Reactive magnetron sputtering (RMS) is a versatile technique for the production of alloy thin film coatings such as hydrides, nitrides, oxides, etc. RMS provides control over (i) film stoichiometry, via the partial pressure of “reactive” gas (H2, N2, etc.) injected, and (ii) film microstructure, via the bombardment of the growing surface by fast neutral or accelerated ionic species. However, few details are known about the fluxes reaching the film surface, and their reactions with it.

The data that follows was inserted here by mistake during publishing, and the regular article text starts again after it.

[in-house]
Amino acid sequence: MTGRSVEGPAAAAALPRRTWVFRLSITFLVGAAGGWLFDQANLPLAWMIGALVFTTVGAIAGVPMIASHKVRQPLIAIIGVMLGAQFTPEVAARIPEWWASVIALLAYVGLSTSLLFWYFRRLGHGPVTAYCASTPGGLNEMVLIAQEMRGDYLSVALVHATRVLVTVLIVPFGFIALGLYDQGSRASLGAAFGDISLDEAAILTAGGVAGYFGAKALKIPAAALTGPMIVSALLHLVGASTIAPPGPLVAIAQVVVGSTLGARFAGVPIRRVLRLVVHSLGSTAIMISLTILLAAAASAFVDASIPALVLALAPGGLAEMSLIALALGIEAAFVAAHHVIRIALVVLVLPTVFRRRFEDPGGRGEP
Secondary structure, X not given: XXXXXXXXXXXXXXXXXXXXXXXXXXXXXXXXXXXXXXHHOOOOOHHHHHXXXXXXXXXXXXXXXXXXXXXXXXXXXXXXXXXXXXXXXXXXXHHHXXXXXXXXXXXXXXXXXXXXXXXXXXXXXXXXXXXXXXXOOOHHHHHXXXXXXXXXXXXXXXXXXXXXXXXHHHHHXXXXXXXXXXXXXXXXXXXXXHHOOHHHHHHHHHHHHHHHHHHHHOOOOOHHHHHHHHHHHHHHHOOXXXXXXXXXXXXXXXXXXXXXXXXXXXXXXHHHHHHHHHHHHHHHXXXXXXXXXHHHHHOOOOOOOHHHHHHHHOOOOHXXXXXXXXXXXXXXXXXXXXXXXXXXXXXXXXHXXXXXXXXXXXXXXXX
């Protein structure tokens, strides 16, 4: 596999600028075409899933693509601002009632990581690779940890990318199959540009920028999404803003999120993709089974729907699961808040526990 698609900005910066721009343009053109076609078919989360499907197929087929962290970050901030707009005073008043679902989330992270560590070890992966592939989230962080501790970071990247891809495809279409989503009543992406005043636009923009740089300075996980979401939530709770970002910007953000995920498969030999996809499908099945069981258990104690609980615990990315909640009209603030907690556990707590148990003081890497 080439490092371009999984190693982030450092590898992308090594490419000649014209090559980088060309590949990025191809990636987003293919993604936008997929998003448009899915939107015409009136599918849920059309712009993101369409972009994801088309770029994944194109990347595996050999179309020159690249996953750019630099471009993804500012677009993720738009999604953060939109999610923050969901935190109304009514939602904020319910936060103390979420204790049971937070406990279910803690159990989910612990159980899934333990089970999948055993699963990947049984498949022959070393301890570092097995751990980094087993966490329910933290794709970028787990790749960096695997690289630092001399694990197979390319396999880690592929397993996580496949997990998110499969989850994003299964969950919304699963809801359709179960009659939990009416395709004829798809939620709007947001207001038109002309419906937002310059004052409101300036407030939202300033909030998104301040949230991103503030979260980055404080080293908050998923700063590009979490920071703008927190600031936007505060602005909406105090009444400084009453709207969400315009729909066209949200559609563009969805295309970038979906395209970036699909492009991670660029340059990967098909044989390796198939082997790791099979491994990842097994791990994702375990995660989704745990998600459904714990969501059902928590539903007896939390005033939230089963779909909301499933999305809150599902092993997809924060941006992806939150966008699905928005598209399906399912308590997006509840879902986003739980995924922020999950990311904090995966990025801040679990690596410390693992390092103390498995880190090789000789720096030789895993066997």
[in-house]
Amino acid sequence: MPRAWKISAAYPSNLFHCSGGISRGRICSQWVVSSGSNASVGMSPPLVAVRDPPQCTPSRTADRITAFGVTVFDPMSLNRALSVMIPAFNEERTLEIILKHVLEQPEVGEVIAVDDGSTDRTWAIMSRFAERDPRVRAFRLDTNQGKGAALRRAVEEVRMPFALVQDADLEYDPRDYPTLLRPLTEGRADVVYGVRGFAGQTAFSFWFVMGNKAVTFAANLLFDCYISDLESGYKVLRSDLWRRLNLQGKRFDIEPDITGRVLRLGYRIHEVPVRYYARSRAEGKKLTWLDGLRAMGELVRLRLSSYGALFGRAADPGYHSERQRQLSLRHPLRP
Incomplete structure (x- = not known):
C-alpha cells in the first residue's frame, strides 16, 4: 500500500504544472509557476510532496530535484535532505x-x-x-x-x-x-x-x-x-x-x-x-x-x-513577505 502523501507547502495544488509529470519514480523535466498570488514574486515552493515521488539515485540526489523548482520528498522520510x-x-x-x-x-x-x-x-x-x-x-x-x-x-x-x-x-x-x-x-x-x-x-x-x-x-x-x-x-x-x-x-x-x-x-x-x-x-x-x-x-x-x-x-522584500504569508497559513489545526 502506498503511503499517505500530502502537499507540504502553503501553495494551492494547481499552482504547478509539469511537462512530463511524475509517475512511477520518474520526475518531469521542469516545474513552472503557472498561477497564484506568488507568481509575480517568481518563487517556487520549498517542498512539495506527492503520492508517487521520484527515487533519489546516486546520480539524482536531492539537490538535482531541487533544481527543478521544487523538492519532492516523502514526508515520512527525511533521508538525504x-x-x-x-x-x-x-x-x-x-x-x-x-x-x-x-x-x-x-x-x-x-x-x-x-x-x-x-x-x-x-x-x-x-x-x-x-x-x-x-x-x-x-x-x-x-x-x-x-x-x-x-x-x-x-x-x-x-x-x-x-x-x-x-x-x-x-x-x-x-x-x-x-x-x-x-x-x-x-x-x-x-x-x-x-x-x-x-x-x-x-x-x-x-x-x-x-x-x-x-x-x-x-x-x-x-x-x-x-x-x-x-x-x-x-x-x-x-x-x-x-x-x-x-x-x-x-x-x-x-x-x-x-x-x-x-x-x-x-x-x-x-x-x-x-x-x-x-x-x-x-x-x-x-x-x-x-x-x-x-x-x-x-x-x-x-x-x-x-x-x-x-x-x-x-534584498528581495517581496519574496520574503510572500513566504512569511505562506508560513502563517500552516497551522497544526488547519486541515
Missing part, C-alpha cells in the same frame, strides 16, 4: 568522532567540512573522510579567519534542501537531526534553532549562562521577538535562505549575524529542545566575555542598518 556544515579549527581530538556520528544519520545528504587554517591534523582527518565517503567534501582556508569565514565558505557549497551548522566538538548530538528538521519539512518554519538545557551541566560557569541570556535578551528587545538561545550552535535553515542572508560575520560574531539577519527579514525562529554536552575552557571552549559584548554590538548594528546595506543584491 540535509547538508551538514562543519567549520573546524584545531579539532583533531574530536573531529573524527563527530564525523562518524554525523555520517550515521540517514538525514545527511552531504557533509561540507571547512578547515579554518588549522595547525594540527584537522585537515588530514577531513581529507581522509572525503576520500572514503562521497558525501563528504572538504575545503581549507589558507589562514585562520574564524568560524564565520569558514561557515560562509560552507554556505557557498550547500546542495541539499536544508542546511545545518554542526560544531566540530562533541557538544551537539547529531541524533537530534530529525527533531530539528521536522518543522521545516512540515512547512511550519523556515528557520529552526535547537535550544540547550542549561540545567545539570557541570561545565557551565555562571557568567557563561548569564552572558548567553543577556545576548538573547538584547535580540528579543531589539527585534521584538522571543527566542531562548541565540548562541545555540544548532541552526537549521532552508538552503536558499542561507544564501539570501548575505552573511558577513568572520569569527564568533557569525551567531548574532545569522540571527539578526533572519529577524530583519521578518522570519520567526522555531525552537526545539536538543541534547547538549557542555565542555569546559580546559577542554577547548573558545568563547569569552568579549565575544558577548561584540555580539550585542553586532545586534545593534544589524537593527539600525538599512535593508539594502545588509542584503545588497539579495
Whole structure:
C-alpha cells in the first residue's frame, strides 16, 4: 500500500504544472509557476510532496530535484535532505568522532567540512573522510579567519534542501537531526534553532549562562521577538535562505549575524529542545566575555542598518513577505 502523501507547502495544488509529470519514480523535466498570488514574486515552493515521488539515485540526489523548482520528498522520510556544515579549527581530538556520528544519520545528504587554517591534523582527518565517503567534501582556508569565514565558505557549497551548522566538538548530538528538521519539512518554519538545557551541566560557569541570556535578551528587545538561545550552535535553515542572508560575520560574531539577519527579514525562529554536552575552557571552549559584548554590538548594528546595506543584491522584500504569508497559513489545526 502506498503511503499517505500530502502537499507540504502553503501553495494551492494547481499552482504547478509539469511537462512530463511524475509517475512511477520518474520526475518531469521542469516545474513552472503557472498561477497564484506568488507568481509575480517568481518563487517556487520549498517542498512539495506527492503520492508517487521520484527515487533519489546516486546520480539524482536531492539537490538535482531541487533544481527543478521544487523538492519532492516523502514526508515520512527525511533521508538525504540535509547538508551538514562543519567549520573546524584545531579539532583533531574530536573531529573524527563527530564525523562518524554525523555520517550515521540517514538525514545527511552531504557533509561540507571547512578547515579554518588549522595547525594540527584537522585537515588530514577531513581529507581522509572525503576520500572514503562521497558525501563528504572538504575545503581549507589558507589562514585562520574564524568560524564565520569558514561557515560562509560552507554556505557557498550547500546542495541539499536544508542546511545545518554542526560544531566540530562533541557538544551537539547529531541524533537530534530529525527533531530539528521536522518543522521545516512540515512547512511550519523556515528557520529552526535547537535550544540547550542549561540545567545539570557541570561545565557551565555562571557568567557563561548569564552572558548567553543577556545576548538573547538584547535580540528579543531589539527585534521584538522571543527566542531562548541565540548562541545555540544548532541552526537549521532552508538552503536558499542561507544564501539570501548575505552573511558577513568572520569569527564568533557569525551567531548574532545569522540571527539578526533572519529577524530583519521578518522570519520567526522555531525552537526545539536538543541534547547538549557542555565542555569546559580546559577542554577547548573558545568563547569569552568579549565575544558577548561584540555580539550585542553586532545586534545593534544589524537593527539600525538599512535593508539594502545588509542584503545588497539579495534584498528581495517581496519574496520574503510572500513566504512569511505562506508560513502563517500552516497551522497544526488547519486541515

This paper reports comprehensive measurements for the RMS growth of hydrogenated amorphous silicon (a-Si:H). The analysis techniques are in situ double modulation mass spectroscopy, plasma probes, isotope replacement experiments, and Monte-Carlo simulations of sputtered particle transport. We determine (i) the composition, energy and angular distributions of the incident flux, (ii) the H coverage of the growing surface, and (iii) the release of H2 from the growing film. For conditions which produce electronic quality a-Si:H, the total H flux arriving at the substrate varies between 0.5–2 times the depositing Si flux; about half of the H flux reflects. The growth surface has excess H varying between 0.5–2 × 1015/cm2, and this surface H coverage is linearly related to the bulk H incorporation. We also find evidence that film density varies with the energy of the arriving sputtered Si atoms.